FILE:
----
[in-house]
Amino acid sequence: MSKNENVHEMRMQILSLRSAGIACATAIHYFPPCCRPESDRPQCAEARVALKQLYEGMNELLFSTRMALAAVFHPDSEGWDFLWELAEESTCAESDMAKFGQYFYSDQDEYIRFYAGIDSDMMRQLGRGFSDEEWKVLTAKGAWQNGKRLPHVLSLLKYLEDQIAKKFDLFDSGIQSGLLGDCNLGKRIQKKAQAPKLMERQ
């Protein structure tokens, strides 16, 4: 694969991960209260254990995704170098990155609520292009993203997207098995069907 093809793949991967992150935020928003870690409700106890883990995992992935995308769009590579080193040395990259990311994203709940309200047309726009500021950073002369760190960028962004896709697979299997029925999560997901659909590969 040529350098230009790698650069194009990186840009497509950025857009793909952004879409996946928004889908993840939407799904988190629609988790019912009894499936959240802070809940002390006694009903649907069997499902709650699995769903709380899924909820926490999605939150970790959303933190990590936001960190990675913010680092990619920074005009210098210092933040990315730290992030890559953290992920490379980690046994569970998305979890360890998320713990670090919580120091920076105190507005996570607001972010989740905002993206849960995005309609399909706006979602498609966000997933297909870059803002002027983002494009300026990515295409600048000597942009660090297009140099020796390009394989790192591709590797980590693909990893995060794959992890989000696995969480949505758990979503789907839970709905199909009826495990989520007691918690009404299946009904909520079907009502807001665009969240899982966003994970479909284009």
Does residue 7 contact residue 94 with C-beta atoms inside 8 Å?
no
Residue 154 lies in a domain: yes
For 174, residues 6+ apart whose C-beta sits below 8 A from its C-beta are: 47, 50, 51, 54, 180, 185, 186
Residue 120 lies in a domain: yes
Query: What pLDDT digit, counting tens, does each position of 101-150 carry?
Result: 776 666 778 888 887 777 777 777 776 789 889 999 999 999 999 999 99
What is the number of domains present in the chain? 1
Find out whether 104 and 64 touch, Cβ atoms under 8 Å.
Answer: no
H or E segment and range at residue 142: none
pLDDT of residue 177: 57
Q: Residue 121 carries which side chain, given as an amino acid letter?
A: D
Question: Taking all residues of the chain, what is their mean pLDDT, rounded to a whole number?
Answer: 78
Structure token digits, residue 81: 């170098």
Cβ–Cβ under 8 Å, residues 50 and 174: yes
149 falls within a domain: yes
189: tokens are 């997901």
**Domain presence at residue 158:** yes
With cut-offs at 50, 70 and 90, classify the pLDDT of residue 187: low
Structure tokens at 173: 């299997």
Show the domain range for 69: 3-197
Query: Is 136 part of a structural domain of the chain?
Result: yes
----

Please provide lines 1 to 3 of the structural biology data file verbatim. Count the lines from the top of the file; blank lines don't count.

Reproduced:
[in-house]
Amino acid sequence: MSKNENVHEMRMQILSLRSAGIACATAIHYFPPCCRPESDRPQCAEARVALKQLYEGMNELLFSTRMALAAVFHPDSEGWDFLWELAEESTCAESDMAKFGQYFYSDQDEYIRFYAGIDSDMMRQLGRGFSDEEWKVLTAKGAWQNGKRLPHVLSLLKYLEDQIAKKFDLFDSGIQSGLLGDCNLGKRIQKKAQAPKLMERQ
């Protein structure tokens, strides 16, 4: 694969991960209260254990995704170098990155609520292009993203997207098995069907 093809793949991967992150935020928003870690409700106890883990995992992935995308769009590579080193040395990259990311994203709940309200047309726009500021950073002369760190960028962004896709697979299997029925999560997901659909590969 040529350098230009790698650069194009990186840009497509950025857009793909952004879409996946928004889908993840939407799904988190629609988790019912009894499936959240802070809940002390006694009903649907069997499902709650699995769903709380899924909820926490999605939150970790959303933190990590936001960190990675913010680092990619920074005009210098210092933040990315730290992030890559953290992920490379980690046994569970998305979890360890998320713990670090919580120091920076105190507005996570607001972010989740905002993206849960995005309609399909706006979602498609966000997933297909870059803002002027983002494009300026990515295409600048000597942009660090297009140099020796390009394989790192591709590797980590693909990893995060794959992890989000696995969480949505758990979503789907839970709905199909009826495990989520007691918690009404299946009904909520079907009502807001665009969240899982966003994970479909284009």